Having passed through September’s San Sebastian Co-Production Forum and been selected for Jerusalem’s Sam Spiegel Lab, “The Other Son,” the debut feature of Juan Sebastián Quebrada, has just won Colombia’s FDC Prize, alongside “Horizonte,” from “Land and Shade’s” Cesar Acevedo.
That alone would make “The Other Son” a noteworthy 2020 Latin American project. The feature is also produced by Franco Lolli – who opened 2019 Critics’ Week as a director with the well-received “Litigante” – via Lolli’s Evidencia Films, in co-production with Les Films du Worso and Srab Films.
The Colombian filmmaker caught international attention after competing with his film school title “Strange Days” at BAFICI, a 68-minute film about a pair of Colombian immigrants in Buenos Aires that was hailed by critic Sergio Wolf as the best Colombian film of the last decades.
Whether true or not, Quebrada belongs to a new generation of filmmakers that have had the opportunity to study abroad and are slowly coming back to the country, bringing with themselves a more enriched and uniquely personal film language.
Variety talked with Quebrada and Lolli as the production looks forward to shooting next year and is still on the lookout for new money.
In an interview about “Strange Days,” Juan Sebastian, you mention how the reality of the context of Colombia seeps into its cinema and how sometimes it is very difficult to be able to read it from other perspectives. For you as a director, what is it that interests you most in this search for new narratives?
Quebrada: I once heard that Colombian cinema is an orphan cinema, which has little local tradition, in which there is no reference or an auteur who has created a school. Faced with this orphanhood, many Colombian filmmakers have dispersed around the world to try to appropriate other traditions, to find a way to represent our world. This attempt at appropriation, which for me is almost the equivalent of trying to appropriate a foreign language, is what has generated these new narratives, where strange, imperfect but very rich images are created, of us, as orphan,s and then, through us, of Colombia. By not being burdened by a film history that is too rich, we can make our world dialogue with the foreign world, and create a new miscegenation.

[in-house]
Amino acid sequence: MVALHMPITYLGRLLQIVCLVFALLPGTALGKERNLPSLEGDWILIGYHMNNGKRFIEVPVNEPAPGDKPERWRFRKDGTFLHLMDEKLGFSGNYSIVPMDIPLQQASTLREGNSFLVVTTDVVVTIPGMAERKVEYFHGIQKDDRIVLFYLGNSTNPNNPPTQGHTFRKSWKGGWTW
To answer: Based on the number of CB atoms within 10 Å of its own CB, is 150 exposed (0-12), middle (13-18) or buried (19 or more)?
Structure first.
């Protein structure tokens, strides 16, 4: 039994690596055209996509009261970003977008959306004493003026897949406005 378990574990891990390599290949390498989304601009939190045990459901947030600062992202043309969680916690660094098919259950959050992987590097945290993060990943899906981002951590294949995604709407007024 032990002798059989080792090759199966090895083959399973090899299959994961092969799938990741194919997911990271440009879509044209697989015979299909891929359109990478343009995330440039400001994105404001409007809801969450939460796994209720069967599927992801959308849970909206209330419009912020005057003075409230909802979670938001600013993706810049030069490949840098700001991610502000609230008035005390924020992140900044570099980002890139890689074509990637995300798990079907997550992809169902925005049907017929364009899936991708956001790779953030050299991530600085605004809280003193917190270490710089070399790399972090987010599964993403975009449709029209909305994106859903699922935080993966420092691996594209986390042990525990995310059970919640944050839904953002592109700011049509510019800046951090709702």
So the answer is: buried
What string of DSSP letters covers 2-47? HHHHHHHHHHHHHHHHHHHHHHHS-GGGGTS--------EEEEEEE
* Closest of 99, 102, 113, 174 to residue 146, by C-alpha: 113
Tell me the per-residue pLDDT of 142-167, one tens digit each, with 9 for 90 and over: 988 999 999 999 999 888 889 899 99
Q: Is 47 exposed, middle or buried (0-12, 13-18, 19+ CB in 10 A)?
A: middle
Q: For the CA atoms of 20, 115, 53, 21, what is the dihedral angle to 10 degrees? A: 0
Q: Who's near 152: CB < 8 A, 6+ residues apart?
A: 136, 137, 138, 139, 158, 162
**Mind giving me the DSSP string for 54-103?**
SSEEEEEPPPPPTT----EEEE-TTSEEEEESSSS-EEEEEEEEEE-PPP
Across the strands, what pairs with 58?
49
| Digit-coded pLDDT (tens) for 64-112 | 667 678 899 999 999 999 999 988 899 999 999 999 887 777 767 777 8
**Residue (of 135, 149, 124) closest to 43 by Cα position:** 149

Colombian society has faced a year filled with moments of collective pain and mourning – reminders of how transversal violence is still, even if it’s lived daily or seen on the news. Your new film clearly wants to confront these themes, perhaps observing them from another perspective. Could you comment on that?
Quebrada: Although my new film focuses on personal and family mourning, in some way it establishes a dialog with the collective mourning that we live today; more so now as this, through different manifestations of fear and violence, has intensified in the context of the pandemic. For me, pain is impossible to represent, it will always be a bad copy what one puts in a movie. Rather, I seek to approach the sensation of grief, which is like a suspended state where the perception of the world is modified.
In appearance, everything remains the same, but there is something that no longer fits: the familiar and the everyday become strange. I think this feeling of estrangement is a way of denaturalizing the known world, in order to be able to see it again in another way. In these moments, when so many things have to be rethought, I think that this change in perception is more important than ever.
Franco, what are your thoughts on Juan Sebastián’s cinema and how the generation of filmmakers to which he belongs is shaping up’
Lolli: Juan Sebastián’s cinema appears at a moment of freedom in Colombian production, in which there’s no longer that kind of obligation of yesteryear, which made almost all films deal with issues of public order. Today, many other stories are being told, in very diverse and interesting ways. But the roads that he travels are not traveled by anyone else, so much so that Buenos Aires, in his graduate film “Strange Days”, and Bogotá, in his short film” La Casa del Arbol”, seem like cities which have never before been filmed. I think that’s because his staging is just that: His, nobody else’s. He is a director with a very particular tone and a very fine humor, who manages to approach existential issues without loading his stories with unnecessary gravity. That is why, among many other things, we are so impatient to be able to shoot “The Other Son” soon.
In terms of selecting projects, Evidencia has been emerging as a producer, showing an interest in other types of stories in Colombia. How do you see yourself as a producer, looking to the future?
Lolli: Unlike many production companies for which producing a lot is the priority, for us the most important thing is to produce well. That means paying particular attention to every detail of the process, especially writing, without losing sight of the essence of each project: What goes through it, deeply, and makes it unique. We always start from what an author has to express, and we need that, whatever it is, to really touch us, to be able to accompany him along the way. Although we like to go to Cannes and fill theaters, we are not interested in achieving success, but rather that success reaches us. It’s first and foremost about creating a film that we can be proud of when looking back. And that is only possible through creative integrity, regardless of whether we are producing a short, a feature or a series.